Michael Conklin lost a battle with K-9 Copper

In a story first reported in The Jail Report, Columbia County deputies recently used a police dog to help subdue a violent drug suspect after a routine traffic stop.

The encounter with driver Michael Conklin left the suspect and two deputies with injuries.

Conklin, 56, was asked to exit his vehicle July 24 after K-9 Copper alerted to drugs.  A sheriff’s report describes a furious fight.

Conklin was asked to exit his car and began yelling and pulling away from Deputy C.A. Rose, the report says. The other officer, Deputy J.W. Leonard, tried to take him to the ground, leading to a brutal fight in the muddy ditch along the onramp to I-20 West, just off South Belair Road in Martinez.

Conklin ended up on top of Leonard and repeatedly punched the deputy in the abdomen, shoulder and neck area, the report says.

“Stop resisting or I will deploy my canine,” the deputy reportedly said as the suspect reached toward his waistband.

A third deputy arrived and all three were still losing the fight, so Leonard retrieved the dog. K-9 Copper bit the suspect on the right calf. But the suspect punched and kicked the animal, the report says, so the dog changed to the left calf.

The suspect continued fighting.

“After being kicked, I struck Mr. Conklin in the face with a closed fist,” Leonard wrote in the report. “I also informed Mr. Conklin to comply with our commands and I would remove the dog, but he refused.”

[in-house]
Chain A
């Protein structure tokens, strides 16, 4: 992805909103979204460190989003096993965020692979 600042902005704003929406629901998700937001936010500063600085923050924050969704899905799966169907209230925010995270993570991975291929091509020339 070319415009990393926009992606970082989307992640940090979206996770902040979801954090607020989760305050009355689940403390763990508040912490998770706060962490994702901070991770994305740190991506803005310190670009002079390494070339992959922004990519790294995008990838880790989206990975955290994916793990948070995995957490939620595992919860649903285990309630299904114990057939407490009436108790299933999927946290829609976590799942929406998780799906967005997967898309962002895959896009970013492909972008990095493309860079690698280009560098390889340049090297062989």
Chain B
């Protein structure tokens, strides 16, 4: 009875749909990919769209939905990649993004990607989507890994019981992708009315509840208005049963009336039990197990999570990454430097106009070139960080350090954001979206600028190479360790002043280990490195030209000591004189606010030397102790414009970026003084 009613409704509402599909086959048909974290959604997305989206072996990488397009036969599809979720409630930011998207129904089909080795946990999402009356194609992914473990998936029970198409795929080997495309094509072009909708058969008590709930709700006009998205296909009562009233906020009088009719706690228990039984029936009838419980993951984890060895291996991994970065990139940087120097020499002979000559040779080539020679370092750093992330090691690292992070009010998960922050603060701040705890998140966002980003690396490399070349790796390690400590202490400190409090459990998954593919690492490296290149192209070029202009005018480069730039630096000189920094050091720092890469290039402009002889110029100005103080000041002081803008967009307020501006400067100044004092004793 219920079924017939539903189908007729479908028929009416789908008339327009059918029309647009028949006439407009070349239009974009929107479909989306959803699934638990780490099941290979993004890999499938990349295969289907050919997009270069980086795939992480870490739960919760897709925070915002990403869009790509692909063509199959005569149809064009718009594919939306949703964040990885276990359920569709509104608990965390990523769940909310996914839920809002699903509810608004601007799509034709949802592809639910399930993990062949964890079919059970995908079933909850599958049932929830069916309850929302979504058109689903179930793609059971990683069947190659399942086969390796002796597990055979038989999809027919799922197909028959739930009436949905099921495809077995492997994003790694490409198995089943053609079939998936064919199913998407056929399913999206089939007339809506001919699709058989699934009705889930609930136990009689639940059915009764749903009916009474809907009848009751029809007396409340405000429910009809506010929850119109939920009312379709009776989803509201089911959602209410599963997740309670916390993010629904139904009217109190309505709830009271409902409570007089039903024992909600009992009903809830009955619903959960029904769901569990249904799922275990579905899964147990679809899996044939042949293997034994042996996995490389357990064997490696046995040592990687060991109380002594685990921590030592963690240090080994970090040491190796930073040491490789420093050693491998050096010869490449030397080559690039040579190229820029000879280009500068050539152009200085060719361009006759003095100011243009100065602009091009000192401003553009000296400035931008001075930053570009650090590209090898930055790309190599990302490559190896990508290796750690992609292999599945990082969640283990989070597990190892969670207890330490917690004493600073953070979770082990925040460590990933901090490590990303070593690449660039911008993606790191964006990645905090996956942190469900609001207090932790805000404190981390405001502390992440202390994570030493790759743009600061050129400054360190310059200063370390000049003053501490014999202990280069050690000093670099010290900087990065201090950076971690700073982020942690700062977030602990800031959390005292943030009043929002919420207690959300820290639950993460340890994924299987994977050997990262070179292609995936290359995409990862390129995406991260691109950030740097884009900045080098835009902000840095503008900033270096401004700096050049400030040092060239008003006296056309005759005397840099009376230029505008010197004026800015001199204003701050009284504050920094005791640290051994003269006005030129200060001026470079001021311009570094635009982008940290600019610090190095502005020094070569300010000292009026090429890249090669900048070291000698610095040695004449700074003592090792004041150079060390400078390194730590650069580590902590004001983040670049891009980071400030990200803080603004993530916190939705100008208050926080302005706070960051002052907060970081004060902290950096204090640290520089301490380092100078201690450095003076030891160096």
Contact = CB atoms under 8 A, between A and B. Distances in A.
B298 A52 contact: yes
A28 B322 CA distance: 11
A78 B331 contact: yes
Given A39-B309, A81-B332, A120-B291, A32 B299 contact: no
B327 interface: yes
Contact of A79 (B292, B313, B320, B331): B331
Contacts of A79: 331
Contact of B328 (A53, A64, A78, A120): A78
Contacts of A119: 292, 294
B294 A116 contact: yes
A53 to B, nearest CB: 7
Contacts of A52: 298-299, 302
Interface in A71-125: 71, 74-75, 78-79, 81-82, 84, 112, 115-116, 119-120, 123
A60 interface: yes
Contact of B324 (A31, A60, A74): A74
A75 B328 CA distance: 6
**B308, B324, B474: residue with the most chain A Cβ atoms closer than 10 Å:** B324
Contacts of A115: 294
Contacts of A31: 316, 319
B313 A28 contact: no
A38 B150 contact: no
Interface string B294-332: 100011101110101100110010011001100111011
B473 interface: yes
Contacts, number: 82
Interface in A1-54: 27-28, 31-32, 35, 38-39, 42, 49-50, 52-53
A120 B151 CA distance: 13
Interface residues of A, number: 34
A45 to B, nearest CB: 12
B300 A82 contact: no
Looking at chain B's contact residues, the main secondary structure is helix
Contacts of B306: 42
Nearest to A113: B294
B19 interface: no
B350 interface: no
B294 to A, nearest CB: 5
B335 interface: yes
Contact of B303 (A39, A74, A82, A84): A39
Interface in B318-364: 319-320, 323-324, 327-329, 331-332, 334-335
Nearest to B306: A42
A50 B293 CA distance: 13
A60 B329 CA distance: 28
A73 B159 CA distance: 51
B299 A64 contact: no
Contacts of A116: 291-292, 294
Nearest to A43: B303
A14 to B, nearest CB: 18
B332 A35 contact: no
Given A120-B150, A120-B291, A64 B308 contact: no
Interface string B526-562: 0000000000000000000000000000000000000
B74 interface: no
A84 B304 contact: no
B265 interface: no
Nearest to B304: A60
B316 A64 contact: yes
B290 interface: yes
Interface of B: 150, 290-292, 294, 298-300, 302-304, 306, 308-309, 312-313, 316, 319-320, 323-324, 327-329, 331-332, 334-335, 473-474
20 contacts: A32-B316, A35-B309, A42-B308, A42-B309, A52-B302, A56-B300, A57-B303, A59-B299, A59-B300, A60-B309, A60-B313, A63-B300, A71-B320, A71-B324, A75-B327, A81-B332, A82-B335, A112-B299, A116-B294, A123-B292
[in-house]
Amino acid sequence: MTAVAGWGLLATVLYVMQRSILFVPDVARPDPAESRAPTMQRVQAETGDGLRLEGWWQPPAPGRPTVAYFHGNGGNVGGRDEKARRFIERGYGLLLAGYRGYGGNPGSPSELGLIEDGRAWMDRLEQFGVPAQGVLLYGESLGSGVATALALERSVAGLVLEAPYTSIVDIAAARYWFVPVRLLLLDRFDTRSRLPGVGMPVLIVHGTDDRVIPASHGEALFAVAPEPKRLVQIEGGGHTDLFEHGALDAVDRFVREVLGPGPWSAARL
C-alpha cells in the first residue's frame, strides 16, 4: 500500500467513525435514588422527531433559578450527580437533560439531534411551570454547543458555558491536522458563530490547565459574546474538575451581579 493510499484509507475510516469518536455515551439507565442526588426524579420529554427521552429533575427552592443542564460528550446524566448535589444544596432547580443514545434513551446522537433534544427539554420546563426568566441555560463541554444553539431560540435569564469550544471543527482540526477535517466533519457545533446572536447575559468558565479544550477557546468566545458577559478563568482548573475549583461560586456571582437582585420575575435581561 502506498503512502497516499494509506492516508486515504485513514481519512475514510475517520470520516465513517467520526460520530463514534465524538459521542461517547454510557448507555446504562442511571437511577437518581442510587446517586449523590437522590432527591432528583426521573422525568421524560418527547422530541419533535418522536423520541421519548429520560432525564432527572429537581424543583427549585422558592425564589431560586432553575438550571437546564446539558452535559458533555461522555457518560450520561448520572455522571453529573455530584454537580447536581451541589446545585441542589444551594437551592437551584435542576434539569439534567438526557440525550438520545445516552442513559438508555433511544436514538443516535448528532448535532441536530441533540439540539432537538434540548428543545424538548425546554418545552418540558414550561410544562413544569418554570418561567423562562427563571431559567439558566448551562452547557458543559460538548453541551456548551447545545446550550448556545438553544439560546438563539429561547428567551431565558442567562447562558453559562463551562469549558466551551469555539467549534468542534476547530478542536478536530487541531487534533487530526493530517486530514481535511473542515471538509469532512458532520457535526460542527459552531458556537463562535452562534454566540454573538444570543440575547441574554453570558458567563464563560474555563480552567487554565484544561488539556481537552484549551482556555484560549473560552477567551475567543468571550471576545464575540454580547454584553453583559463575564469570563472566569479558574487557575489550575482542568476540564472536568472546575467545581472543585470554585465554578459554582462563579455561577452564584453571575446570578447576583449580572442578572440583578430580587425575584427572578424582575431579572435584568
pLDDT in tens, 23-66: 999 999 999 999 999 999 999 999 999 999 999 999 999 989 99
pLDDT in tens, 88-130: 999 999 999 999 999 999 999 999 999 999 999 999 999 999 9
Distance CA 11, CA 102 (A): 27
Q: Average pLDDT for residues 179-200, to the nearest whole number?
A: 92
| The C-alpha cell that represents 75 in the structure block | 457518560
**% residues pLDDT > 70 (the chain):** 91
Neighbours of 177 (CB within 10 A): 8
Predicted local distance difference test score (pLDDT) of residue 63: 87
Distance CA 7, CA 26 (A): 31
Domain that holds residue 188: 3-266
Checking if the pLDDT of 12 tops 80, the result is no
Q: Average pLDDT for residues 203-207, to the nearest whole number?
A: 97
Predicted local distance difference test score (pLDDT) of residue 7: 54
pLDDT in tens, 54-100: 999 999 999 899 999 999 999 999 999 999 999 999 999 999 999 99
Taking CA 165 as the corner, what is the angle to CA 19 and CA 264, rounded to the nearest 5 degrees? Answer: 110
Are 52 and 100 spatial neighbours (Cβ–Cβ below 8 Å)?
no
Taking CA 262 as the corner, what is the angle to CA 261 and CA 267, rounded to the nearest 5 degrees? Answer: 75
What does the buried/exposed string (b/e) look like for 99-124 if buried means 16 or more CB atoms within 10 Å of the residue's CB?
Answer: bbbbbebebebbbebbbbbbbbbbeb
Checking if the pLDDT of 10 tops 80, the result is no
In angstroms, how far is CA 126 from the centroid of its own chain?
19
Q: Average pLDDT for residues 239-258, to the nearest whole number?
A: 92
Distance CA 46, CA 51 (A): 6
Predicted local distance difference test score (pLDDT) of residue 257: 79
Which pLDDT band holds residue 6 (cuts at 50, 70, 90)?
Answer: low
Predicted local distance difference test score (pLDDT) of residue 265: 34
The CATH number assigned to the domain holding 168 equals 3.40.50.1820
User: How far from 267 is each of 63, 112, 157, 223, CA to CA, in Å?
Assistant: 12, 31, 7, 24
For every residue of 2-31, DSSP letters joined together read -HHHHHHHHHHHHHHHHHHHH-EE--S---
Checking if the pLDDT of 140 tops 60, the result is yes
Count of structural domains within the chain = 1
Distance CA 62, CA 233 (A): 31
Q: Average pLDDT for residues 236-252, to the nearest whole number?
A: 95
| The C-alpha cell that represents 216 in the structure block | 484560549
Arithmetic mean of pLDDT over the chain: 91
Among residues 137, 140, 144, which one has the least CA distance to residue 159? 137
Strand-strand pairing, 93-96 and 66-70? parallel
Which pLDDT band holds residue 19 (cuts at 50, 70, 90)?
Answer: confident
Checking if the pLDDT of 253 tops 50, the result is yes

As more deputies arrived to assist, the driver was finally handcuffed and the K-9 ordered to stop.

The suspect was transported to Doctors Hospital to be treated for the dog bites. Methamphetamine was found in his coin pocket, and it was determined that he was reaching for it during the fight, the report says.

Fredericks was bitten on his left arm by Conklin, the report says. Leonard was kicked in the left side of his chest, leaving the officer with bruising to the ribs on his left side. Both required treatment at University Hospital.

Conklin eventually went to jail for meth possession and three counts of felony obstruction of an officer. A sheriff’s report lists him as the operations manager for a garbage collection service in Columbia County.